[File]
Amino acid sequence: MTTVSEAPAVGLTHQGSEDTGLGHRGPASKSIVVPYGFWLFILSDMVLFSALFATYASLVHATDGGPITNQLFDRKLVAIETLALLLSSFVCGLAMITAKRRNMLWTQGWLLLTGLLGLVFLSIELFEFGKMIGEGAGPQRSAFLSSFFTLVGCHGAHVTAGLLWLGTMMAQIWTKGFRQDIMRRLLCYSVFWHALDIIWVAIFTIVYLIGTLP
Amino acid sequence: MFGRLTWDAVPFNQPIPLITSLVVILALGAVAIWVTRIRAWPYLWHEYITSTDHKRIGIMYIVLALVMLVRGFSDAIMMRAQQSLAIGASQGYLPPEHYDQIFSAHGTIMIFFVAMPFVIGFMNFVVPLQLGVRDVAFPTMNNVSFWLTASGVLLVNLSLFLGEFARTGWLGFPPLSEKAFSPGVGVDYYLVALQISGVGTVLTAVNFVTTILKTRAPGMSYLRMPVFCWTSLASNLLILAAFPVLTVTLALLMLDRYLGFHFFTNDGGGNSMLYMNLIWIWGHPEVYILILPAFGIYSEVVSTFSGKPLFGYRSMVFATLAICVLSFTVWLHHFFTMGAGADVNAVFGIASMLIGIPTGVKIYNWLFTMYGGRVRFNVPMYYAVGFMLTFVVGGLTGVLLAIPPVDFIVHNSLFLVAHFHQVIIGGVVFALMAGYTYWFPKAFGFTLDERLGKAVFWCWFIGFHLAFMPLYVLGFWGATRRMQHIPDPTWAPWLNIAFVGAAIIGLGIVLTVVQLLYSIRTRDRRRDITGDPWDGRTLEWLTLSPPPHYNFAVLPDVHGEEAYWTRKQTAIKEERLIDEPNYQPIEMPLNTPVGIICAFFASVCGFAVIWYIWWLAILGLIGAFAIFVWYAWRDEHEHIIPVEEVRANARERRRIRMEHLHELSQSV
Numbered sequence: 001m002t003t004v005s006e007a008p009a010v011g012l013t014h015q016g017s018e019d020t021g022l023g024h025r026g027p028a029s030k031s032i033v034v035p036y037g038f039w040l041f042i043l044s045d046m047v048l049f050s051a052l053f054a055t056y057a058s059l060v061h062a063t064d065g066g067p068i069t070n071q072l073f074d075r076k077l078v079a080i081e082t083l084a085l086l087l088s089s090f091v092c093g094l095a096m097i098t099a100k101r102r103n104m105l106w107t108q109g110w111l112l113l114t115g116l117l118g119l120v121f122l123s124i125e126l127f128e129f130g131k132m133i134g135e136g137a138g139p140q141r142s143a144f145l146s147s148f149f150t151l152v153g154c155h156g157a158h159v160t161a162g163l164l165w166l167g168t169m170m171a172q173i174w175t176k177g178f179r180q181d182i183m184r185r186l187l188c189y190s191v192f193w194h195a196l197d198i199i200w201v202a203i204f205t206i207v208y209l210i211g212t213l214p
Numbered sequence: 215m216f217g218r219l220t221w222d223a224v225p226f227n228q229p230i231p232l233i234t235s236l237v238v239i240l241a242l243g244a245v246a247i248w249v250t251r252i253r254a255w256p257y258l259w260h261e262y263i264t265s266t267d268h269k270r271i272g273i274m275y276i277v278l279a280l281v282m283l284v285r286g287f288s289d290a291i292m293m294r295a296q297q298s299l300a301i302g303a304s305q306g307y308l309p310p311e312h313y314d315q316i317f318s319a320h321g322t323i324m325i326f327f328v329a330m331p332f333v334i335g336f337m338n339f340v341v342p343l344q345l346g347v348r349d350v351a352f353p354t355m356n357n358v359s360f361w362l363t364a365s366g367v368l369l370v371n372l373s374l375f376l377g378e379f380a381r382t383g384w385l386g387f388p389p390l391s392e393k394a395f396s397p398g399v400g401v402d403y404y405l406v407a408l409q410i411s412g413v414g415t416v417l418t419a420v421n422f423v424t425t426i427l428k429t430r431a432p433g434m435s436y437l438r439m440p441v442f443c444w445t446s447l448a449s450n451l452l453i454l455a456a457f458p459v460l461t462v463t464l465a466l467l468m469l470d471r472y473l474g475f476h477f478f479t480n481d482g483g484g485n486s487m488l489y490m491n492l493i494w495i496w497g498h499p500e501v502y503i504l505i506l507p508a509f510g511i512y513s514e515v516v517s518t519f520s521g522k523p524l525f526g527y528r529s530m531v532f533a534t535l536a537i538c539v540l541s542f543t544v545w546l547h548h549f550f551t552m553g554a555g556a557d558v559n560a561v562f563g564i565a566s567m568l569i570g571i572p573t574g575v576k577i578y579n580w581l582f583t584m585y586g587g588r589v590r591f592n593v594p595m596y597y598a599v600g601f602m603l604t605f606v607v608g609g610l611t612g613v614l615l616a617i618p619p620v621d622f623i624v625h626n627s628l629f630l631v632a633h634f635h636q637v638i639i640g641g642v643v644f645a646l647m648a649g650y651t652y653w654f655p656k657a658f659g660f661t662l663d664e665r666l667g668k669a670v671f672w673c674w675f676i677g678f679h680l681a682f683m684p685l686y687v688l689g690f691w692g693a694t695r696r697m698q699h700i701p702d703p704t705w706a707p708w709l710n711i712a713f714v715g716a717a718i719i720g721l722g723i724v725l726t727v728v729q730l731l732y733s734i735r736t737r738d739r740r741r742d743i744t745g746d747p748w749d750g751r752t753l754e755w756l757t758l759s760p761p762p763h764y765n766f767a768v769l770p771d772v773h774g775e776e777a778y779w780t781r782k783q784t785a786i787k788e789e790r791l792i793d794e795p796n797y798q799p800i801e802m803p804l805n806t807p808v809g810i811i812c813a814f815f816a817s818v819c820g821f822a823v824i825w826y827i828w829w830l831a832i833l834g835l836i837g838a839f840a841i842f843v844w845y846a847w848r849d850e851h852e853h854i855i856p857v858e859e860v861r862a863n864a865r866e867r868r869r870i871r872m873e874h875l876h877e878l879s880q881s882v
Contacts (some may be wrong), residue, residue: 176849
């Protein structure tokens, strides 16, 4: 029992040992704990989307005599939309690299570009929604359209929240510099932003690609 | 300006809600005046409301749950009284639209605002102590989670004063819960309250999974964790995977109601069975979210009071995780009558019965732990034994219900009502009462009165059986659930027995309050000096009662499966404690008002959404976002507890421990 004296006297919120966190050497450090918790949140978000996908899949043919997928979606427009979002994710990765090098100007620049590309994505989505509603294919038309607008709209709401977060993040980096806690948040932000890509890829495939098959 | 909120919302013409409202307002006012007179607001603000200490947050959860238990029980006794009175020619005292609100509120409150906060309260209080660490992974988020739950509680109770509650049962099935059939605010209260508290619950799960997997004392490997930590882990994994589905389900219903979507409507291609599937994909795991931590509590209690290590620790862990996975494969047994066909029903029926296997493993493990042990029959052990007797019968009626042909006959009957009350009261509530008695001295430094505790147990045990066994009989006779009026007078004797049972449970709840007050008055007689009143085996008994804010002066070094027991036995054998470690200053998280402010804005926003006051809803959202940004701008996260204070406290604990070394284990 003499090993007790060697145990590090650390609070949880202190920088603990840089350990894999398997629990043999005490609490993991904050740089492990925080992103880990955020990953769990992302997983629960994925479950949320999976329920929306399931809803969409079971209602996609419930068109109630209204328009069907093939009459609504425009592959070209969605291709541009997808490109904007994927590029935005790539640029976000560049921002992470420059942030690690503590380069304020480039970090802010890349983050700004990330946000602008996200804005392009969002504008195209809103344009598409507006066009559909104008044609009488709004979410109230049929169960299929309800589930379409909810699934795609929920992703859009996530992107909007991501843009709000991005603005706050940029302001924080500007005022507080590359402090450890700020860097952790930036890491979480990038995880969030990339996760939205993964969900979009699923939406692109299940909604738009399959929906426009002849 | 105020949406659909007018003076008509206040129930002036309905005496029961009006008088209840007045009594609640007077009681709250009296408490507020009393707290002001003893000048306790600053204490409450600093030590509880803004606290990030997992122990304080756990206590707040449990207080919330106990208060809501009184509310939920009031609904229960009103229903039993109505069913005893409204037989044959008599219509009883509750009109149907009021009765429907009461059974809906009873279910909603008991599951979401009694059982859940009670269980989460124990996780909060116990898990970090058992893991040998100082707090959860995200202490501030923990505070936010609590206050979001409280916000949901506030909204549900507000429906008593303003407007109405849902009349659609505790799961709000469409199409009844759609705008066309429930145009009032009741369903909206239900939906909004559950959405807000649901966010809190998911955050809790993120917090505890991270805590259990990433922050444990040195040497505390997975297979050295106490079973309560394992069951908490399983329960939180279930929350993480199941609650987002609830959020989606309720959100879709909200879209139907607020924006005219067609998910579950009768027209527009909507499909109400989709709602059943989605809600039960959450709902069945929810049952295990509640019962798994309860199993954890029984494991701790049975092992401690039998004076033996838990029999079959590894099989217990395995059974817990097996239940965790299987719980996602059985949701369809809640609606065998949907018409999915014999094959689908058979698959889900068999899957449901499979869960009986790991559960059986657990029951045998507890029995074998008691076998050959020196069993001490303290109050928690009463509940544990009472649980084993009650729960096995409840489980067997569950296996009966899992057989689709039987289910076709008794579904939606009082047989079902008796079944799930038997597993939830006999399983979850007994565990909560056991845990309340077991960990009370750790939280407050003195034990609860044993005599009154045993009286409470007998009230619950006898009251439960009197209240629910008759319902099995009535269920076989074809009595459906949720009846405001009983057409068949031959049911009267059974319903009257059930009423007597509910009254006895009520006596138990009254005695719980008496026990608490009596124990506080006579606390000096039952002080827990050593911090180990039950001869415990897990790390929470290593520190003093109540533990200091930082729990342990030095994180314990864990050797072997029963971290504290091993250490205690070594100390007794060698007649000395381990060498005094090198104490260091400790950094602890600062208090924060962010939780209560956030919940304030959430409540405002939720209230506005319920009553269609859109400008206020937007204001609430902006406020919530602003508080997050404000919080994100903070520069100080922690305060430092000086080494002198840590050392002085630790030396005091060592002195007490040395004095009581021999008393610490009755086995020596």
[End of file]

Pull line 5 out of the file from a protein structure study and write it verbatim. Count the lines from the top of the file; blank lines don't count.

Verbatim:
Contacts (some may be wrong), residue, residue: 176849